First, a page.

KHUJAND, June 18, 2015, Asia-Plus -- Thirteen residents of the northern province of Sughd have been convicted of being members of the outlawed Salafi group.

A court in the Bobojonghafourov district sentenced five people to two years in prison each on June 17.  Besides, eight other people were fined 60,000 somoni each.     

A source at the Bobojonghafourov district court says the sentence followed their conviction on charges of being member of the outlawed Salafi group, organizing activities of an extremist group and inciting ethnic, racial, regional or religious enmity.

All of them are residents the Bobojonghafourov district and the city of Khujand aged 20 to 30 years

They were reportedly detained in February this year.

We will recall that The Tajik authorities banned Salafism as an illegal group on January 8, 2009, saying the Salafi movement represents a potential threat to national security and the Supreme Court added Salafists to its list of religious groups prohibited from operating in the country.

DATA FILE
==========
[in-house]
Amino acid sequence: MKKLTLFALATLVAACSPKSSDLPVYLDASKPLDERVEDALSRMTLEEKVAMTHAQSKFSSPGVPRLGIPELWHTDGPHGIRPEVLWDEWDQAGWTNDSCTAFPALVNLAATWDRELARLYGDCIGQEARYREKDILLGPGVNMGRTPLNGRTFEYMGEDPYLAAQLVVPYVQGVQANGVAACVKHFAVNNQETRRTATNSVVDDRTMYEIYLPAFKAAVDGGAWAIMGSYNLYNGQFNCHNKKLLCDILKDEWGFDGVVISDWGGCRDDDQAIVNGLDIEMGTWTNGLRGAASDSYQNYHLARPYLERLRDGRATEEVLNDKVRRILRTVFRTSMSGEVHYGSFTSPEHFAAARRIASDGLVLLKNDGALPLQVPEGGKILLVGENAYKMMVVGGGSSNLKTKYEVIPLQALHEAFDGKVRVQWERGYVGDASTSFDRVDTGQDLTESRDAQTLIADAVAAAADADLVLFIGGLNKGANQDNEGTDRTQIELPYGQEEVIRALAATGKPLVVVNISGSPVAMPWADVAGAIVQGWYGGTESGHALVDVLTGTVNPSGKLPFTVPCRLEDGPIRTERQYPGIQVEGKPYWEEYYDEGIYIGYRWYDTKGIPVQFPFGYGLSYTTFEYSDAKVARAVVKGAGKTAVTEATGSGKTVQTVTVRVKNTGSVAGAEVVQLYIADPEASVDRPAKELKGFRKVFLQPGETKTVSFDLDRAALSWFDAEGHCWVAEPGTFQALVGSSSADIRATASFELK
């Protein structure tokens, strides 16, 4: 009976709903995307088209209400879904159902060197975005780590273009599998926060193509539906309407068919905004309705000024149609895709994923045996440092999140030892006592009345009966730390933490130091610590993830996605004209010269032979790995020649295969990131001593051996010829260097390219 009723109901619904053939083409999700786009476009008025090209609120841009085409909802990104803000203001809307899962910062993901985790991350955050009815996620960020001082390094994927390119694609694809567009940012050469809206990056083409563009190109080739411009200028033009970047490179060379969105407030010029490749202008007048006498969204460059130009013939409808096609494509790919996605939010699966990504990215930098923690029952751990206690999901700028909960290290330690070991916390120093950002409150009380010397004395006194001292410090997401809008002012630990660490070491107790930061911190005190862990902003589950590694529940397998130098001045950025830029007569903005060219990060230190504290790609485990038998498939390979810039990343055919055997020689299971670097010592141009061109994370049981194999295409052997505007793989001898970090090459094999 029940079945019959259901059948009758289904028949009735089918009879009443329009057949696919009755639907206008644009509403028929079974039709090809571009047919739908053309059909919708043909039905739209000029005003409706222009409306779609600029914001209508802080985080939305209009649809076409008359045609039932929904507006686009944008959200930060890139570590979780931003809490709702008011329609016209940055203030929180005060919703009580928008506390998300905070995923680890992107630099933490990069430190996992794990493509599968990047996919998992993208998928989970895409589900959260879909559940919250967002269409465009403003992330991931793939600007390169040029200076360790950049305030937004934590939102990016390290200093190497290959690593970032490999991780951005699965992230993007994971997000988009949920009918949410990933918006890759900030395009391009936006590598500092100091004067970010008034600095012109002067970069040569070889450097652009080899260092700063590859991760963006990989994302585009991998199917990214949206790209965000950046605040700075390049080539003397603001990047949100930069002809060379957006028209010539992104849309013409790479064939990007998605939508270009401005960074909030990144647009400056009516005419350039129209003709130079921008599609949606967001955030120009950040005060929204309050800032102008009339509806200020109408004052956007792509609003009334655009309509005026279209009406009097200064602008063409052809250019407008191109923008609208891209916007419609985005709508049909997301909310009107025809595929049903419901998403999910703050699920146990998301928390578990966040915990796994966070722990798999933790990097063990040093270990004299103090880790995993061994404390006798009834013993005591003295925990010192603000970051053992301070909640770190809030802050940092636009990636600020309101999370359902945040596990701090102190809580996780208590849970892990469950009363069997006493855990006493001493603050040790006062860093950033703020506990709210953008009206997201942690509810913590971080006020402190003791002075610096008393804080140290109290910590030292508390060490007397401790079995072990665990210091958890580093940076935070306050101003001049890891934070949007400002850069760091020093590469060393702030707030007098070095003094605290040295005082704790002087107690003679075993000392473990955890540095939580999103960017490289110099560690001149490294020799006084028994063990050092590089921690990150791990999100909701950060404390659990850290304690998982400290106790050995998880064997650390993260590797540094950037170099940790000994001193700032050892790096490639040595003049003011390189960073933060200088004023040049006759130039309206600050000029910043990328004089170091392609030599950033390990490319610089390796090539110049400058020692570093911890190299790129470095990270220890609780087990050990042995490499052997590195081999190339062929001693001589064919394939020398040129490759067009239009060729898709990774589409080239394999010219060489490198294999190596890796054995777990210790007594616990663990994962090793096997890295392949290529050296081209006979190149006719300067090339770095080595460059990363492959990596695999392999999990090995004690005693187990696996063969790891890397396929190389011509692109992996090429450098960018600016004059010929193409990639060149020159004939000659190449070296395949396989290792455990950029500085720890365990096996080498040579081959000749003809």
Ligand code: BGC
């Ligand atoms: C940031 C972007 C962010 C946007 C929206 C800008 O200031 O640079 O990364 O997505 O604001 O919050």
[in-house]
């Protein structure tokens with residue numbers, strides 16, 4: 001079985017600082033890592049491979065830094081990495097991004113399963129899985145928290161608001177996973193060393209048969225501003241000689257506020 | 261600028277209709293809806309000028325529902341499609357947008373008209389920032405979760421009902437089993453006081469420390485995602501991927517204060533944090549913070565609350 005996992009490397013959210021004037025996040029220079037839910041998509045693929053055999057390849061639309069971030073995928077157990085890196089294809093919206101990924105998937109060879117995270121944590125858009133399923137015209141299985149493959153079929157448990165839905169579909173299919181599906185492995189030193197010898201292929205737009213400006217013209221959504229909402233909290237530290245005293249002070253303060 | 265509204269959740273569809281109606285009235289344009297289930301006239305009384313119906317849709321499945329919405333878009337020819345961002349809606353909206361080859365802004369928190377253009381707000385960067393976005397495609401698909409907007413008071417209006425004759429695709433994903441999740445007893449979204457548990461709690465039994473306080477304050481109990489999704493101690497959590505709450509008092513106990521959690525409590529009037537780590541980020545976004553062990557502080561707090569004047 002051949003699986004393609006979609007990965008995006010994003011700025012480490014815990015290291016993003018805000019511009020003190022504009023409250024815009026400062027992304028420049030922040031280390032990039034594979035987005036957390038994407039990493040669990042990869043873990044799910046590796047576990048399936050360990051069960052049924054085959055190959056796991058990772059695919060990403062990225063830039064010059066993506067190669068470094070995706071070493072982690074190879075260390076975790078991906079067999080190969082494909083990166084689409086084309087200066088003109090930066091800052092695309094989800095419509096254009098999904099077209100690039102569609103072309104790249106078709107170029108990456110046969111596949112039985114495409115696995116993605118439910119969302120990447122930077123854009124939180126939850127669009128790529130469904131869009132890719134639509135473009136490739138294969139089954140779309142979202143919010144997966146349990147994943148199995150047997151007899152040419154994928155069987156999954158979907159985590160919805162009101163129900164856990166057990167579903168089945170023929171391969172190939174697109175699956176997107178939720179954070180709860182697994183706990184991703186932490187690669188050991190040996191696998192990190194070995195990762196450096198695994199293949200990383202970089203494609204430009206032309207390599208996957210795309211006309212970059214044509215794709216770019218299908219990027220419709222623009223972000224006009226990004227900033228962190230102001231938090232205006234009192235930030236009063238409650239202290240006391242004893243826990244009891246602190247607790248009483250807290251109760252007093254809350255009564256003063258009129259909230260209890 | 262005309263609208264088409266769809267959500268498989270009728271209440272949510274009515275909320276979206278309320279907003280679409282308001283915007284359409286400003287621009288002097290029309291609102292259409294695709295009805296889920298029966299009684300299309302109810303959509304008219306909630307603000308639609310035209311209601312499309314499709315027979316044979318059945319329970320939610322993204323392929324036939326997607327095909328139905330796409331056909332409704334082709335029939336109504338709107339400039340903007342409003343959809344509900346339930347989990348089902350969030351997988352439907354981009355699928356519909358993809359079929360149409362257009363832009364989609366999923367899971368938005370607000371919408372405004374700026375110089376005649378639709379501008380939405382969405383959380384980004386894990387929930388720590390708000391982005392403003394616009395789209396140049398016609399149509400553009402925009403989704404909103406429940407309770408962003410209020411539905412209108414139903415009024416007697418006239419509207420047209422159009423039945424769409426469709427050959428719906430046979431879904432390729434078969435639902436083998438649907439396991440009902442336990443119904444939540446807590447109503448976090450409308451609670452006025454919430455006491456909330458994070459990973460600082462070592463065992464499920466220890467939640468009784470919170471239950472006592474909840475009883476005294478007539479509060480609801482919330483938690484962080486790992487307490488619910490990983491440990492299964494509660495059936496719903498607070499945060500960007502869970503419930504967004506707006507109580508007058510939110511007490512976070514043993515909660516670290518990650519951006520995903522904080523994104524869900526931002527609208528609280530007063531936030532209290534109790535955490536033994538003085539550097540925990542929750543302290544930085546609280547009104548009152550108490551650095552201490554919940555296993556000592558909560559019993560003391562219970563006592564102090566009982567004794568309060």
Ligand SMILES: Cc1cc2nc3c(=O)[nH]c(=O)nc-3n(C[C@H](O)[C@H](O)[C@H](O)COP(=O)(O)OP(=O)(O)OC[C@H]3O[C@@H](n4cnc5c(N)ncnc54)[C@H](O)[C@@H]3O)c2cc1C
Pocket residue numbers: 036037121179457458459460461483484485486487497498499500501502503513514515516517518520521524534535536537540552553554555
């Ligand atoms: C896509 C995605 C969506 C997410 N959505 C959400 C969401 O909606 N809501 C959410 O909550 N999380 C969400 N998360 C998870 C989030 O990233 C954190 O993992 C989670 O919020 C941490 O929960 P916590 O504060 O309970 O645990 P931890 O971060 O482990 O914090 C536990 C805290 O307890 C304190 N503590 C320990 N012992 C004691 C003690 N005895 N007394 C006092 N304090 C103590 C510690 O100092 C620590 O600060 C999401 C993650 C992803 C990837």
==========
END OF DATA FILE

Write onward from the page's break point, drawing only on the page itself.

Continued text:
The movement claims to follow a strict and pure form of Islam, but Tajik clerics say the Salafists’ radical stance is similar to that of the Taliban in Afghanistan.

Salafists do not recognize other branches of Islam, such as Shi''a and Sufism.  The movement is frequently referred to as Wahhabism, although Salafists reject this as derogatory.

The overwhelming majority of Tajiks are followers of Hanafia, a more liberal branch of Sunni Islam.

On December 8, 2014, the Supreme Court of Tajikistan formally labeled the banned Salafi group as an extremist organization.  The ruling reportedly followed a request submitted to the court by the Prosecutor-General’s Office.  The ruling means that the group’s website and printed materials are also banned.